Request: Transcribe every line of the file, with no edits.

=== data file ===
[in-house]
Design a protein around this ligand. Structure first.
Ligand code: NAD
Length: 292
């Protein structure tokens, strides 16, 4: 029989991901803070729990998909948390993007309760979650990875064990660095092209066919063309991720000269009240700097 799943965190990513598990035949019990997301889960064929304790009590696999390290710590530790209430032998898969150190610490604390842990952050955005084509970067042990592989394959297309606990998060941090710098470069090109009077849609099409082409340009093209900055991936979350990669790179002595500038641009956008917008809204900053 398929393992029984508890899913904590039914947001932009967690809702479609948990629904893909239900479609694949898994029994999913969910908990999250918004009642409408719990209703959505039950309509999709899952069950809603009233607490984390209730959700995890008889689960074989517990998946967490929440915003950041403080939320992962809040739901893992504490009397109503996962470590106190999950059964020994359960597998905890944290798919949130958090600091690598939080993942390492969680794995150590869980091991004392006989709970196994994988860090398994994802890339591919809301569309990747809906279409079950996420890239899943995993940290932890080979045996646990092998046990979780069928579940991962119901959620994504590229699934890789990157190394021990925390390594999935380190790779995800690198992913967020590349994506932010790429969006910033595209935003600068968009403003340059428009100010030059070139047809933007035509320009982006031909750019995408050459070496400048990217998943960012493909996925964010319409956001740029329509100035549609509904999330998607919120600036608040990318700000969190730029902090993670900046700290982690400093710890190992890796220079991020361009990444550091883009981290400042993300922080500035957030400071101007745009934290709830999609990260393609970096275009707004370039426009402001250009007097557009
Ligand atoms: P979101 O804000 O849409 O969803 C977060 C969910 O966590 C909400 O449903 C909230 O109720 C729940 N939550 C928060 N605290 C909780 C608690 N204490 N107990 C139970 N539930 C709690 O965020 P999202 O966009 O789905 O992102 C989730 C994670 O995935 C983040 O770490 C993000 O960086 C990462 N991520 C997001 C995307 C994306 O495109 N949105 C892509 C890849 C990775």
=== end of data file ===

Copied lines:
[in-house]
Design a protein around this ligand. Structure first.
Ligand code: NAD
Length: 292
């Protein structure tokens, strides 16, 4: 029989991901803070729990998909948390993007309760979650990875064990660095092209066919063309991720000269009240700097 799943965190990513598990035949019990997301889960064929304790009590696999390290710590530790209430032998898969150190610490604390842990952050955005084509970067042990592989394959297309606990998060941090710098470069090109009077849609099409082409340009093209900055991936979350990669790179002595500038641009956008917008809204900053 398929393992029984508890899913904590039914947001932009967690809702479609948990629904893909239900479609694949898994029994999913969910908990999250918004009642409408719990209703959505039950309509999709899952069950809603009233607490984390209730959700995890008889689960074989517990998946967490929440915003950041403080939320992962809040739901893992504490009397109503996962470590106190999950059964020994359960597998905890944290798919949130958090600091690598939080993942390492969680794995150590869980091991004392006989709970196994994988860090398994994802890339591919809301569309990747809906279409079950996420890239899943995993940290932890080979045996646990092998046990979780069928579940991962119901959620994504590229699934890789990157190394021990925390390594999935380190790779995800690198992913967020590349994506932010790429969006910033595209935003600068968009403003340059428009100010030059070139047809933007035509320009982006031909750019995408050459070496400048990217998943960012493909996925964010319409956001740029329509100035549609509904999330998607919120600036608040990318700000969190730029902090993670900046700290982690400093710890190992890796220079991020361009990444550091883009981290400042993300922080500035957030400071101007745009934290709830999609990260393609970096275009707004370039426009402001250009007097557009
Ligand atoms: P979101 O804000 O849409 O969803 C977060 C969910 O966590 C909400 O449903 C909230 O109720 C729940 N939550 C928060 N605290 C909780 C608690 N204490 N107990 C139970 N539930 C709690 O965020 P999202 O966009 O789905 O992102 C989730 C994670 O995935 C983040 O770490 C993000 O960086 C990462 N991520 C997001 C995307 C994306 O495109 N949105 C892509 C890849 C990775």